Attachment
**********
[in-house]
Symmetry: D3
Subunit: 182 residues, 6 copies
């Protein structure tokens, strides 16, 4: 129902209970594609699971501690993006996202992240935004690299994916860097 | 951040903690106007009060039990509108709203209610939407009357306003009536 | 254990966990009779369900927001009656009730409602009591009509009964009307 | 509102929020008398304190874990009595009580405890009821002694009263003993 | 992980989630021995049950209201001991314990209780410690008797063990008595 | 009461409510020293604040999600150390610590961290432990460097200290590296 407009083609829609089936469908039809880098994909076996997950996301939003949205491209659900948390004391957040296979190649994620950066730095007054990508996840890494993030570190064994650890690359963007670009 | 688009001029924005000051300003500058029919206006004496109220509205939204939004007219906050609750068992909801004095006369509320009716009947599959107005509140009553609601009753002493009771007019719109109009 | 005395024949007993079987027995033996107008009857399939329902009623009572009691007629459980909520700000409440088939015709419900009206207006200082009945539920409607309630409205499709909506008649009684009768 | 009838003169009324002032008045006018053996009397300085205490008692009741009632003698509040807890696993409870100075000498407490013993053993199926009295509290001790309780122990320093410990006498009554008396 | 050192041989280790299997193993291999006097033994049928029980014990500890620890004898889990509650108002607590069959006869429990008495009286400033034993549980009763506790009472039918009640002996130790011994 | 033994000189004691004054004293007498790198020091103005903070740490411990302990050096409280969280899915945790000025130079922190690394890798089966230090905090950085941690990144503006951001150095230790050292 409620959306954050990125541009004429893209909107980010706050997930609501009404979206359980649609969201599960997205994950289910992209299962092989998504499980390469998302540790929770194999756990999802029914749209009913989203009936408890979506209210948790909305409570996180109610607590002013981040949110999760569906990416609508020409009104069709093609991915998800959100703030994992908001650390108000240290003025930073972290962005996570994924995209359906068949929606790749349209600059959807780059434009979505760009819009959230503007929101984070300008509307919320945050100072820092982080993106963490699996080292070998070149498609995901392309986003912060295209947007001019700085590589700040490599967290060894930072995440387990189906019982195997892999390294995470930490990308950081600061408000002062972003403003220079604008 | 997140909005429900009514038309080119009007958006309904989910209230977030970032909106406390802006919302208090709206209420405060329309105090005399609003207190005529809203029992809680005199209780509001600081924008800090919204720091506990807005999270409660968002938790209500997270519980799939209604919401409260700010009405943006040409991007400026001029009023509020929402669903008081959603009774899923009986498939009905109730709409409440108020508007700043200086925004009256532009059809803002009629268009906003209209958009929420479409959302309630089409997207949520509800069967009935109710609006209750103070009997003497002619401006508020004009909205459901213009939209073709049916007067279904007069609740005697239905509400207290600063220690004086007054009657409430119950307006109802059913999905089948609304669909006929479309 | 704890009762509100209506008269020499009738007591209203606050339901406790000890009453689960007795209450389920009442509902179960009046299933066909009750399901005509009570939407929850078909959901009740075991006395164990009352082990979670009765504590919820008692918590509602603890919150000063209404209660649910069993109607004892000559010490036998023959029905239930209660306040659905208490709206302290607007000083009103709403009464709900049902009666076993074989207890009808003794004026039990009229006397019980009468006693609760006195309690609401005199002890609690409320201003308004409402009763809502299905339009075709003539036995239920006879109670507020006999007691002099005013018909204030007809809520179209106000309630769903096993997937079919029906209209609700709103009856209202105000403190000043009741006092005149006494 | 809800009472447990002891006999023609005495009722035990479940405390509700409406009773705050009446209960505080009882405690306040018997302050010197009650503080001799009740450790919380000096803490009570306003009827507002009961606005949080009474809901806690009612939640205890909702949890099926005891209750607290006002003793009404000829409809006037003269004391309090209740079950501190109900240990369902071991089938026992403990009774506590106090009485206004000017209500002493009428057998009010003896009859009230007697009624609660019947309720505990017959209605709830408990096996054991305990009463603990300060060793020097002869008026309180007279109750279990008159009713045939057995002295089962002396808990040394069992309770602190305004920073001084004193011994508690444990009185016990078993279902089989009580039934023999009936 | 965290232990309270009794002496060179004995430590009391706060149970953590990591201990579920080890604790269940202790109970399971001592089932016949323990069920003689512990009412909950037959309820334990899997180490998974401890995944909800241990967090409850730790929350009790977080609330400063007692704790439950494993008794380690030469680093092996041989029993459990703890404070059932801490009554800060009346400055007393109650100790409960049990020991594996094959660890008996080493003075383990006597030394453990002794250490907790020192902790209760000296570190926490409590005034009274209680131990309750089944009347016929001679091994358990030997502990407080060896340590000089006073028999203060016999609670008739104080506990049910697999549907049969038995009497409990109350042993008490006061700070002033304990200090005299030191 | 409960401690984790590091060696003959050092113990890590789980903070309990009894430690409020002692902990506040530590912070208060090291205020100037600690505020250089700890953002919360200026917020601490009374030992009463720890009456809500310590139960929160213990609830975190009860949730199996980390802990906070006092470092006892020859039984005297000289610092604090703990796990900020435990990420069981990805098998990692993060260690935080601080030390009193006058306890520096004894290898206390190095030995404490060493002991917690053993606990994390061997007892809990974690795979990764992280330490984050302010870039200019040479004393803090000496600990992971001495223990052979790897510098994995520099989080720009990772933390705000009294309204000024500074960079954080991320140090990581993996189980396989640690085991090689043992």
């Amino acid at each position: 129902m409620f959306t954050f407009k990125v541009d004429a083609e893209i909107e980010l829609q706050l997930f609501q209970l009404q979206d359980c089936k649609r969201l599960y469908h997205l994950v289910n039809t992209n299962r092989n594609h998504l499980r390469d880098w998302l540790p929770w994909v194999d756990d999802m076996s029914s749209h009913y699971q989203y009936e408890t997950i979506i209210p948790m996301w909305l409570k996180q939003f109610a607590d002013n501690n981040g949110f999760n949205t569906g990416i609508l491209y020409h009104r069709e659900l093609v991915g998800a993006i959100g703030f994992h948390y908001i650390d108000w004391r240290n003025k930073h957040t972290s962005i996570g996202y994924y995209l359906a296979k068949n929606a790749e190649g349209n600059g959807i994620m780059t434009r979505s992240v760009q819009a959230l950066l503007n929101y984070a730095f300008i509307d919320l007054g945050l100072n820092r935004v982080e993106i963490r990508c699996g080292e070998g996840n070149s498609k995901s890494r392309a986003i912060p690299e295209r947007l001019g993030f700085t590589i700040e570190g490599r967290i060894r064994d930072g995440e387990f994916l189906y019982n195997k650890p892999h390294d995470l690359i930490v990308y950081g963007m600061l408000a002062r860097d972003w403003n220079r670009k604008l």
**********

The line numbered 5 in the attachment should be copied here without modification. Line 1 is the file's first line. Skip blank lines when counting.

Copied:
């Amino acid at each position: 129902m409620f959306t954050f407009k990125v541009d004429a083609e893209i909107e980010l829609q706050l997930f609501q209970l009404q979206d359980c089936k649609r969201l599960y469908h997205l994950v289910n039809t992209n299962r092989n594609h998504l499980r390469d880098w998302l540790p929770w994909v194999d756990d999802m076996s029914s749209h009913y699971q989203y009936e408890t997950i979506i209210p948790m996301w909305l409570k996180q939003f109610a607590d002013n501690n981040g949110f999760n949205t569906g990416i609508l491209y020409h009104r069709e659900l093609v991915g998800a993006i959100g703030f994992h948390y908001i650390d108000w004391r240290n003025k930073h957040t972290s962005i996570g996202y994924y995209l359906a296979k068949n929606a790749e190649g349209n600059g959807i994620m780059t434009r979505s992240v760009q819009a959230l950066l503007n929101y984070a730095f300008i509307d919320l007054g945050l100072n820092r935004v982080e993106i963490r990508c699996g080292e070998g996840n070149s498609k995901s890494r392309a986003i912060p690299e295209r947007l001019g993030f700085t590589i700040e570190g490599r967290i060894r064994d930072g995440e387990f994916l189906y019982n195997k650890p892999h390294d995470l690359i930490v990308y950081g963007m600061l408000a002062r860097d972003w403003n220079r670009k604008l």